Beasley also faced allegations of having an affair with his former press secretary, Ginny Wolfe, but he disavowed the claim, saying, "I can tell you right now we [his wife the former Mary Wood Payne] have both been faithful to each other 100 percent."[6]

After, he lost his reelection bid in 1998 to Democrat James Hovis "Jim" Hodges (born 1956), Beasley became a fellow at the Harvard University Kennedy School of Government. In 2003, United States Senator Edward Moore Kennedy of Massachusetts awarded Beasley the John F. Kennedy "Profile in Courage Award" because of his call to remove the Confederate flag from the Capital dome.[9]

In 2004, Beasley entered the open competition to choose a successor to retiring Democratic Senator Ernest Hollings. He lost the Republican nomination to U.S. Representative Jim DeMint of Greenville, who won the general election.[10]

In 2007, Beasley endorsed Mike Huckabee, former governor of Arkansas, in the Republican presidential primaries, rather than eventual nominee, John Sidney McCain, III, of Arizona, who then lost the general election to Barack Hussein Obama.[11] In 2010, he endorsed Henry McMaster in the South Carolina Republican gubernatorial primary, but McMaster lost to Nikki Haley, later Beasley's benefactor.

Later years

In April 2005, Beasley established and incorporated the Center for Global Strategies, Ltd.[12]

In February 2017, United States Ambassador to the United Nations Nikki Haley nominated Beasley to be the Executive Director of the World Food Programme (WFP).[13]He was chosen for the position the next month over twenty-two other applicants who had been nominated. Beasley's selection was based on his "extensive experience with key governmental and business leaders and stakeholders around the world, with very strong resource mobilization skills."[14]As the WFP director, Beasley also serves as the Under-Secretary-General of the United Nations.[15]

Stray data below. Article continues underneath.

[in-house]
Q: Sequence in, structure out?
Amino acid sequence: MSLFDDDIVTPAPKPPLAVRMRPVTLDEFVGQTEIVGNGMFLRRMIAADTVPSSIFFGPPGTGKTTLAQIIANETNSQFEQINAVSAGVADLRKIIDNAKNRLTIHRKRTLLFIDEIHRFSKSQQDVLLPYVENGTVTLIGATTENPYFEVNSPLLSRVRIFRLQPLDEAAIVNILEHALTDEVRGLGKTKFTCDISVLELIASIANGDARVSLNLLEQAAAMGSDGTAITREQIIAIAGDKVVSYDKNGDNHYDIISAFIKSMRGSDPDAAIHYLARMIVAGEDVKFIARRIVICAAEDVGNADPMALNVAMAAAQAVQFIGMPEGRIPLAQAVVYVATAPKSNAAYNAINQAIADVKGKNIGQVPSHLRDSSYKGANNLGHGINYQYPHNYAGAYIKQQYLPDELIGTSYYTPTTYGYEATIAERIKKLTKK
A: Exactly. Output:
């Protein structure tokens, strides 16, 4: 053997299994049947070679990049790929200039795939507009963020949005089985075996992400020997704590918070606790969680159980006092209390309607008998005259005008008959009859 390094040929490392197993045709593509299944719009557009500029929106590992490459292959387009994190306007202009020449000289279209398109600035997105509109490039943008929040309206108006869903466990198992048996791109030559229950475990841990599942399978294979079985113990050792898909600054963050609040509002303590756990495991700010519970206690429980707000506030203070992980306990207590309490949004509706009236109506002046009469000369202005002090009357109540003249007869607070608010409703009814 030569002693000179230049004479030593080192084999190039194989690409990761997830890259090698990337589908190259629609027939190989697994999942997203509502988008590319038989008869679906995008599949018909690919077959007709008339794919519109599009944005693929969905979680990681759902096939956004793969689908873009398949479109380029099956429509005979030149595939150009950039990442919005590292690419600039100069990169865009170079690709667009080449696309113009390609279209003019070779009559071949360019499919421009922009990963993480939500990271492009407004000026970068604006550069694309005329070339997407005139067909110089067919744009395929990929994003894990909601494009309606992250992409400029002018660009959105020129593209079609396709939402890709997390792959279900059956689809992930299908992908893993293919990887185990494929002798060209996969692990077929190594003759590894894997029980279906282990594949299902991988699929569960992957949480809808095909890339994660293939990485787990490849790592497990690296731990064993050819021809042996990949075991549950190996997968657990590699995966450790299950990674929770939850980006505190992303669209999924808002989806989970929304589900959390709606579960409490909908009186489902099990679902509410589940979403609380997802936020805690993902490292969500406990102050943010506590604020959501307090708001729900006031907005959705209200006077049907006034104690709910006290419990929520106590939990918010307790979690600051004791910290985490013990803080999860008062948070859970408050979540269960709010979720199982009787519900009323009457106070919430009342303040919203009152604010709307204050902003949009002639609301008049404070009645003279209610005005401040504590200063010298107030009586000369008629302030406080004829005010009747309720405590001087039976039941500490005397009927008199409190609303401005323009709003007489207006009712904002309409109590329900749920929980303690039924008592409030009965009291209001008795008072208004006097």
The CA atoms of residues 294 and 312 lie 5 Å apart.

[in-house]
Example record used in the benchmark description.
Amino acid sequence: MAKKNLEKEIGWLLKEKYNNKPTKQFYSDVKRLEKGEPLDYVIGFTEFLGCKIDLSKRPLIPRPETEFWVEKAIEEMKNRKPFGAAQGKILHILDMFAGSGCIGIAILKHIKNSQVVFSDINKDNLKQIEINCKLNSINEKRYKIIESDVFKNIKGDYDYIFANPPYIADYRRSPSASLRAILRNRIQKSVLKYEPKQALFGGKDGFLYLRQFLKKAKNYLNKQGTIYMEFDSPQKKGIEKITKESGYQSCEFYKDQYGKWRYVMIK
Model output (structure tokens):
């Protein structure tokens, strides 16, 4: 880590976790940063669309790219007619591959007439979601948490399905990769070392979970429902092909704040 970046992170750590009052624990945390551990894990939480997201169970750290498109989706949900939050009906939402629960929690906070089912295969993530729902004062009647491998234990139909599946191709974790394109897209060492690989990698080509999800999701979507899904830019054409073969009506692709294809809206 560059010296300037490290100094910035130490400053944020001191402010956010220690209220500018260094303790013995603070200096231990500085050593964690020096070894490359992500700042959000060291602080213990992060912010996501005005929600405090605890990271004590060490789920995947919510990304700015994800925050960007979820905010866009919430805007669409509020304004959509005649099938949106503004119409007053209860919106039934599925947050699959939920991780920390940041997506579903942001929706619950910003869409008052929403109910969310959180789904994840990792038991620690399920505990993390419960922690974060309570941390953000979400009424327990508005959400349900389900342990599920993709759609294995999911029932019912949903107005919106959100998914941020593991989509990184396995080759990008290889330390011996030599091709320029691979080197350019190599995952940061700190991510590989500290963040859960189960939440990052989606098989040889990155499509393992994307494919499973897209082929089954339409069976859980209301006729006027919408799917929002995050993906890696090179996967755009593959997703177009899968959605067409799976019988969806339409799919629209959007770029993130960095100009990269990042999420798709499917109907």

In December 2020, Beasley accepted the Nobel Peace Prize on behalf of the WFP for its efforts in the fight against hunger.[16]


  1. Executive Director. wfp.org. Retrieved on October 5, 2021.
  2. A Nobel career path (February 10, 2021). Retrieved on February 12, 2021.
  3. Tonya Brown. Town of Society Hill salutes former S.C. Gov. David Beasley. wpde.com. Retrieved on October 5, 2021.
  4. 4.0 4.1 South Carolina – David Muldrow Beasley – 1995–1999. www.sciway.net. Retrieved on October 5, 2021.
  5. South Carolina Unemployment Rate. FRED Economic Research. Retrieved on October 5, 2021.
  6. 6.0 6.1 S. Carolina Incumbent in Unexpected Tussle. Retrieved on May 20, 2020.
  7. Louisiana Shuts Down Video Poker (July 1, 1999). Retrieved on October 5, 2021.
  8. Meg Kinnard. 10, 2015 20 years on, ex-SC gov Beasley's prayer on flag answered Confederate battle flag finds a new home among artifacts. Charleston Post and Courier. Retrieved on October 5, 2021.
  9. David Beasley & #124; JFK Library. jfklibrary.org. Retrieved on October 5, 2021.
  10. DeMint defeats Beasley in S. Carolina runoff (June 23, 2004). Retrieved on March 28, 2017.
  11. Huckabee Picks Up Key Endorsement. The State (May 19, 2007). Retrieved on April 22, 2015.
  12. Our Board. Retrieved on October 5, 2021.
  13. Schuyler Kropf (February 28, 2017). Nikki Haley nominates former South Carolina Gov. David Beasley for U.N. food post. The Charleston Post and Courier. Retrieved on October 5, 2021.
  14. David Beasley of United States appointed as head of UN emergency food agency. UN News Centre (March 29, 2017). Retrieved on June 28, 2017.
  15. Senior Management Group. United Nations (November 17, 2018). Retrieved on October 5, 2021.
  16. A Nobel career path (February 10, 2021). Retrieved on October 5, 2021.